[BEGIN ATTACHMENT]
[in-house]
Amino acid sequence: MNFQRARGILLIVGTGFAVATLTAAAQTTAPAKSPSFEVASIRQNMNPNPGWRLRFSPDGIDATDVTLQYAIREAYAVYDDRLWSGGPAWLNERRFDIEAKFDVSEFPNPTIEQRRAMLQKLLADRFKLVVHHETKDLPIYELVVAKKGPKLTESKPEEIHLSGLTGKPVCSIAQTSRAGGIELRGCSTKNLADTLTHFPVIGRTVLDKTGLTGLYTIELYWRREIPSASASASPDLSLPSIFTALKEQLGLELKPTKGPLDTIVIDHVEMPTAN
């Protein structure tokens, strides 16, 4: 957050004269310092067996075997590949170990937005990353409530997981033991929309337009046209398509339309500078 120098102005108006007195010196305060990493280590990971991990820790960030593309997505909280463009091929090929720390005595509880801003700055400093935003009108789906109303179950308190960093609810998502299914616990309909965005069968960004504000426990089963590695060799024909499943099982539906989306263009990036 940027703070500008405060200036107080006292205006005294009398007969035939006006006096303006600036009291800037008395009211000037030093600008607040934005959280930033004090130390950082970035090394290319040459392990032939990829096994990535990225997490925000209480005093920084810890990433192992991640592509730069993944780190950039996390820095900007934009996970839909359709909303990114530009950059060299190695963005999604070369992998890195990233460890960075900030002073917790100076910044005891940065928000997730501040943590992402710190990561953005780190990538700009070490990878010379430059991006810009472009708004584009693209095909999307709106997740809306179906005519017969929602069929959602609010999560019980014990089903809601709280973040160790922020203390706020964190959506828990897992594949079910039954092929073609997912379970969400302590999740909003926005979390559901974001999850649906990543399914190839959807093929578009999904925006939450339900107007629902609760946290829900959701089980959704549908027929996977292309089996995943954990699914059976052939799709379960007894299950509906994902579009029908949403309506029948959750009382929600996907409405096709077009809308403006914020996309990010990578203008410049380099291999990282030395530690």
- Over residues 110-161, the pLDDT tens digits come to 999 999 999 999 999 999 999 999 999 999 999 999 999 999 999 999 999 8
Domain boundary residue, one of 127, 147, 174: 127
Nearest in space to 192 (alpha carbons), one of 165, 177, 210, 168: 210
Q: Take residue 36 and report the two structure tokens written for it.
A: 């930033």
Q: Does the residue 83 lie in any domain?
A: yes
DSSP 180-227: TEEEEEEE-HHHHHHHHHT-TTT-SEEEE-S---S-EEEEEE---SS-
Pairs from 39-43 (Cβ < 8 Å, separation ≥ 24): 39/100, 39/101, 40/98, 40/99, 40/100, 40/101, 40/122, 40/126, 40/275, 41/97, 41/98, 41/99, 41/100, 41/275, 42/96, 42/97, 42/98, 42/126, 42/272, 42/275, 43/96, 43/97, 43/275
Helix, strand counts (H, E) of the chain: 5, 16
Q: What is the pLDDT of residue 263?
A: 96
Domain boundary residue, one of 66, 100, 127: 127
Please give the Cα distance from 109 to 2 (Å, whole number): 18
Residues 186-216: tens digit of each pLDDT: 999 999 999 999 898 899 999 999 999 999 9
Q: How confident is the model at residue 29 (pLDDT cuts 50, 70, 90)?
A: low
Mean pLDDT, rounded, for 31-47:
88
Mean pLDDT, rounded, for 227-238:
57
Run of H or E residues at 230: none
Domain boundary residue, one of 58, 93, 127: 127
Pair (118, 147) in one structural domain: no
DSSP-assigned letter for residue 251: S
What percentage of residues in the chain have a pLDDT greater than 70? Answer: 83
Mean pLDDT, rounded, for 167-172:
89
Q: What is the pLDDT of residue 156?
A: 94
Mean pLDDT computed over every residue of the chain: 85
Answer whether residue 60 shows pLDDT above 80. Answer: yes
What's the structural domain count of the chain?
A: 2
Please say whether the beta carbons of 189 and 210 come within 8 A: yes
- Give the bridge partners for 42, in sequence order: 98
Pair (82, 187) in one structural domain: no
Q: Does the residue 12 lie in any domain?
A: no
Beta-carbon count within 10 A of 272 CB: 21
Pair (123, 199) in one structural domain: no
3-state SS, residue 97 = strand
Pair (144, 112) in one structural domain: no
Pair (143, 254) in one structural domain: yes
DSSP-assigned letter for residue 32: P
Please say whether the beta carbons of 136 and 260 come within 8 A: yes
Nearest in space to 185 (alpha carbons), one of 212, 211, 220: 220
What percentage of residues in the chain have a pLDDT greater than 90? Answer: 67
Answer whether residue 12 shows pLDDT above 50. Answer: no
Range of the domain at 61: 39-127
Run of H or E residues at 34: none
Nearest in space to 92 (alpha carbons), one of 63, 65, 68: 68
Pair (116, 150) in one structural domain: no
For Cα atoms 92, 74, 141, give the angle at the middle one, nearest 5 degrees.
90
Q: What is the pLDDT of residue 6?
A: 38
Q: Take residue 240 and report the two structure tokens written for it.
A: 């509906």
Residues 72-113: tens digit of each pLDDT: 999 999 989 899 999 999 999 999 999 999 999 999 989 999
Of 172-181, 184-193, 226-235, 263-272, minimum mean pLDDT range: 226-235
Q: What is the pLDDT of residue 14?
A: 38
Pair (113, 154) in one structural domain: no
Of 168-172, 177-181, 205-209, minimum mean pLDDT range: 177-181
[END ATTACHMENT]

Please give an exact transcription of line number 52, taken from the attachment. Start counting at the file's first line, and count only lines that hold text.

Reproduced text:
Answer whether residue 12 shows pLDDT above 50. Answer: no